December 26, 2008


Relief seen in US corn supply and demand concerns


Concerns on US corn supply during the 2008-08 marketing year have been eased by an updated USDA balance sheet, while demand for the 2009-10 year is expected to increase.


US corn-ending stocks for 2008-09 is expected to reach 1.474 billion bushels, up from the November forecast of 1.124 billion bushels, according to the USDA's December 11 corn supply/demand balance sheet.


The November forecast had raised concerns as any number around 1 billion bushels is considered tight, said Ron Frost, manager of AgProfit Driver from Pike Management Group.


The higher ending stock forecast was due to lower corn demand, said the USDA. The agency said while increased feed and residual use would be up in 2008-09, the rise would be more than offset by reductions in ethanol use and exports.


Despite reductions in meat output forecast, corn feed and residual use were increased by 50 million bushels as lower ethanol production reduces the availability of distiller grains.


US corn exports were expected to be 100 million bushels lower than the November estimate due to strong competition from large foreign grain supplies and the slow pace of US grain sales.


Although the US ethanol sector has been plagued with problems including ongoing shutdowns and bankruptcy issues, National Corn Grower Association CEO Rick Tolman is positive of the sector's future.


"The future for corn ethanol in the US remains bright. The trends in cost of production, productivity, and sustain ability are all moving in a positive direction," said Tolman.


The extra corn supplies will also relieve the US from planting pressures in spring 2009, said Frost.


US demand for corn is also expected to pick up in view of the government's new 8 percent ethanol mandate, which will sustain robust domestic corn usage, said Frost. The new ethanol mandate was scheduled for implementation on January 1, 2009.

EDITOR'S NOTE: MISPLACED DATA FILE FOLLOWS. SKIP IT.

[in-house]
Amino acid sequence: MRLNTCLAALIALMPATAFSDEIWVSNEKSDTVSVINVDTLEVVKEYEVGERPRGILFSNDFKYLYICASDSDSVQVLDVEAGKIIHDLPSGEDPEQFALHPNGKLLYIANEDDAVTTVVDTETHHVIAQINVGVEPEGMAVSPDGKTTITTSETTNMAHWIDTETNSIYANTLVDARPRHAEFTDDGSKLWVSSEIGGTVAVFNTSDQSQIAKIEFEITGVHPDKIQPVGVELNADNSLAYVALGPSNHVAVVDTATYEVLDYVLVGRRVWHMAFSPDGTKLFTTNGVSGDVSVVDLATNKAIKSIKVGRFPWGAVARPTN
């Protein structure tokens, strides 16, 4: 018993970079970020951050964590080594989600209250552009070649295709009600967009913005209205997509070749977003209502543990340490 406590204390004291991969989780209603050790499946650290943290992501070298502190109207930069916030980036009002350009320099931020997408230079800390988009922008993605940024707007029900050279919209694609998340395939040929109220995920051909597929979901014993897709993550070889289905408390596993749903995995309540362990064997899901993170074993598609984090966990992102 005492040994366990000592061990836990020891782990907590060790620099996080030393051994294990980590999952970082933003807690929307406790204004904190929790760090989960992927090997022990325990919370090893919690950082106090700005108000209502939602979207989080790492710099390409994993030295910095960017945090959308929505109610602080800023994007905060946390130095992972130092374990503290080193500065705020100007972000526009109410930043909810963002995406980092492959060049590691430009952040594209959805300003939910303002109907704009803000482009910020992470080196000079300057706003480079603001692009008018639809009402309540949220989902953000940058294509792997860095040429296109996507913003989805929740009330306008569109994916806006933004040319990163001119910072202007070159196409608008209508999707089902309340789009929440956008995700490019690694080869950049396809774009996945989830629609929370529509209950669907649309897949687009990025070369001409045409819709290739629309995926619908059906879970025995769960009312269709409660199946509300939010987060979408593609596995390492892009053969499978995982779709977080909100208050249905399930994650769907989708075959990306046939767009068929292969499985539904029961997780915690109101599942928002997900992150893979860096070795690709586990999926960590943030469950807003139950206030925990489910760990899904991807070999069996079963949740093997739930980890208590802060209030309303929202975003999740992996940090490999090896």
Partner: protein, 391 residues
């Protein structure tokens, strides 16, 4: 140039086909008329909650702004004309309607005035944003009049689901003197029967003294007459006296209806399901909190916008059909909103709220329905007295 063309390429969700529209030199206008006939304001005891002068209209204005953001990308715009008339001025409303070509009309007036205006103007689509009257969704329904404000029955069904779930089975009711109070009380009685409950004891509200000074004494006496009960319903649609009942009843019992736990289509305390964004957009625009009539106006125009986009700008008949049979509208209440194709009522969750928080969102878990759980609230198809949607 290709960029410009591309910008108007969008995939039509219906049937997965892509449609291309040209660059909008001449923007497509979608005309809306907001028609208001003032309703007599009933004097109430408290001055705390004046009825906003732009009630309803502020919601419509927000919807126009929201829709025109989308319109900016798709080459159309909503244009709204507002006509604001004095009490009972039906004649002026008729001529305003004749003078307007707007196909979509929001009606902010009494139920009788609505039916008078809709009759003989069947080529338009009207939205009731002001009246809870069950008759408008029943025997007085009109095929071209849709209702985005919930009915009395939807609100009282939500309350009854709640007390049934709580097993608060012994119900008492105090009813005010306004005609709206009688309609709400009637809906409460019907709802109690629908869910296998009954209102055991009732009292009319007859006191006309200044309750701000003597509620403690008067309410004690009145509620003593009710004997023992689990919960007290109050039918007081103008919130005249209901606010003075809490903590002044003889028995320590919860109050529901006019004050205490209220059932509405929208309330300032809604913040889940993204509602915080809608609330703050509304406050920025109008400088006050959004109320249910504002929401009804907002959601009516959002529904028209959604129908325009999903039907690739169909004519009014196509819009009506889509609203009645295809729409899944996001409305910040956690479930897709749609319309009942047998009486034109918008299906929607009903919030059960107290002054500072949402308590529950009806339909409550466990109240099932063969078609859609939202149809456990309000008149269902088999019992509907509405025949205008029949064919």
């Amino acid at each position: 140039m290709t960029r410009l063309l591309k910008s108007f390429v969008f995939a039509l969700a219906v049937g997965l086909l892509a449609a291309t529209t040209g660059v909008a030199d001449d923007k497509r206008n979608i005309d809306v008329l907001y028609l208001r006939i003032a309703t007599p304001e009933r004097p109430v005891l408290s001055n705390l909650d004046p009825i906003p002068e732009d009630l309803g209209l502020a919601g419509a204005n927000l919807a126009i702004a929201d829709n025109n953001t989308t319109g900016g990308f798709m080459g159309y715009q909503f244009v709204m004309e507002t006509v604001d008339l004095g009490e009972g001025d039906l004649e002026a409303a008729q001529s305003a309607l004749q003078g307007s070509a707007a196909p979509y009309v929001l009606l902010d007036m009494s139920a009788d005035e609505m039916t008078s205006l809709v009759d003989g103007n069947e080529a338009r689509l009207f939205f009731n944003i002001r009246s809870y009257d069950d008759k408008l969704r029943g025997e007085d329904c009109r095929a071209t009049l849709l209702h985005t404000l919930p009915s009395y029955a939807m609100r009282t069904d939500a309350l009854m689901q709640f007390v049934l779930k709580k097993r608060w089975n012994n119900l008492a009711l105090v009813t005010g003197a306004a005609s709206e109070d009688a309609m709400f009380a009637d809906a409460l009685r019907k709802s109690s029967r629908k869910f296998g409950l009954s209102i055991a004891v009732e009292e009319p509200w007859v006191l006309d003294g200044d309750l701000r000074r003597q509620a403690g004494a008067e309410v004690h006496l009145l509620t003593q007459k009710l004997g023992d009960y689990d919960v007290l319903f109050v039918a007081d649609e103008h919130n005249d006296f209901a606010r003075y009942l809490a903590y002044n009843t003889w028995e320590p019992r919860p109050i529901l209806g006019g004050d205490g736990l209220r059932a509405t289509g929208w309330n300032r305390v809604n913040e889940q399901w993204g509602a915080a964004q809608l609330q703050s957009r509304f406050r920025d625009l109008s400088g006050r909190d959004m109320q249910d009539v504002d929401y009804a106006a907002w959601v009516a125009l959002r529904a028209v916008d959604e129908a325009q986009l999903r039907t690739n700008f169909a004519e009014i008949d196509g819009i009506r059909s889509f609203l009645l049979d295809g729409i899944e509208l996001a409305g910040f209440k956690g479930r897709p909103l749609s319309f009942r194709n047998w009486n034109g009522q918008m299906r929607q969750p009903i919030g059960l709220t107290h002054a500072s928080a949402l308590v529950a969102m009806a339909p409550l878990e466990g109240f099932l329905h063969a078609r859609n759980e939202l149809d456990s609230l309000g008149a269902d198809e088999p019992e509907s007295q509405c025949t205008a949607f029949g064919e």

The USDA placed total domestic corn use during 2008-09 at 10.385 billion bushels, down slightly from the November estimation of 10.635 billion bushels.


Frost said ethanol production capacity in the US is expected to produce nearly 13.1 million gallons in 2008-09, while the mandate requires only 11.1 million gallons.


US corn production during 2008-09 will need to reach about 12.5 billion bushels in order to meet consumption requirements, and any output estimates below 12 billion bushels would not sit well with the US corn sector, said Frost.


Frost said an 8-percent fluctuation in yield levels can either lead to a tight supply or excess stocks.


If CBOT soy prices range US$7.50 to US$9.50 per bushel and there were no major corn production problems in South America, then there would be room for corn values to be much lower than current levels but still be enough to attract enough acres, said Frost, adding that the US corn sector has reduced its need for an additional 3-5 million acres in spring 2009.


Rising input costs and uncertain profit margins were expected to lead to lower US corn area in the spring, according to a survey conducted by Farm Futures.


Based on the survey result, the group estimated that US corn area could fall 1 percent to 85.1 million acres in 2009.


The survey said US soy planting area will be higher on the expense of corn. The survey projected 2009 soy area to increase 5 percent on-year to reach a record 80.1 million acres.

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